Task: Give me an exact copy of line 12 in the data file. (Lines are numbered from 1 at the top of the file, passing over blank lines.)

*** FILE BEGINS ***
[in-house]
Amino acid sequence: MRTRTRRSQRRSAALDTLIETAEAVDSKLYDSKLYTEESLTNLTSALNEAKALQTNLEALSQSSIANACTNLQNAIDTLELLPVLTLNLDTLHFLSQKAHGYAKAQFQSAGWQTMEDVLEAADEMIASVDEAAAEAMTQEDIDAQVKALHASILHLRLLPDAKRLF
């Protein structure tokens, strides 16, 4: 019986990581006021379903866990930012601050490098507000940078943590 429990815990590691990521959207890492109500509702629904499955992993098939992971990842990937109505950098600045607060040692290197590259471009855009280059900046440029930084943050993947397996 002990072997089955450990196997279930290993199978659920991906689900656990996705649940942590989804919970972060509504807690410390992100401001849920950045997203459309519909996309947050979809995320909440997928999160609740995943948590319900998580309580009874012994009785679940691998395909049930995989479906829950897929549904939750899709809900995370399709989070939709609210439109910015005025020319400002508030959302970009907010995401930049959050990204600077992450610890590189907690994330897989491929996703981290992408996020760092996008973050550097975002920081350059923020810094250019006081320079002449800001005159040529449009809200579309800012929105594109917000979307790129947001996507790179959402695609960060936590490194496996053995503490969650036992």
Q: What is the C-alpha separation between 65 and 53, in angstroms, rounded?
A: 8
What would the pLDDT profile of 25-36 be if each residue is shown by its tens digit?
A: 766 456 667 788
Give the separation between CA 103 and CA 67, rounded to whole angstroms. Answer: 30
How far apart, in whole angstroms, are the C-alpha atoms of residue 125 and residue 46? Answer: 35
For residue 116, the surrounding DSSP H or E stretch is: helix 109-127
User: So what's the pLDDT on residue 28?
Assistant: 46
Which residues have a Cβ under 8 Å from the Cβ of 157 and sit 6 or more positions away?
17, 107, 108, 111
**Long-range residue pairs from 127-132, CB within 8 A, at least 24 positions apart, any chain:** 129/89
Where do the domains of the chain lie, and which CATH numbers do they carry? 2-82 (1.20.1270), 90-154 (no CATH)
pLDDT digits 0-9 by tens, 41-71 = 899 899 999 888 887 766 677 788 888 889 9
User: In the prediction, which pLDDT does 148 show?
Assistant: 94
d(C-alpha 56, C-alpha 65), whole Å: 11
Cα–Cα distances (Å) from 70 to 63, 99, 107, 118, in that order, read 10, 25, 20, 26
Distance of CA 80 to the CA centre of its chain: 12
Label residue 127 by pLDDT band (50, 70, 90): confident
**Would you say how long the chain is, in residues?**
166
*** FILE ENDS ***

Assistant: 46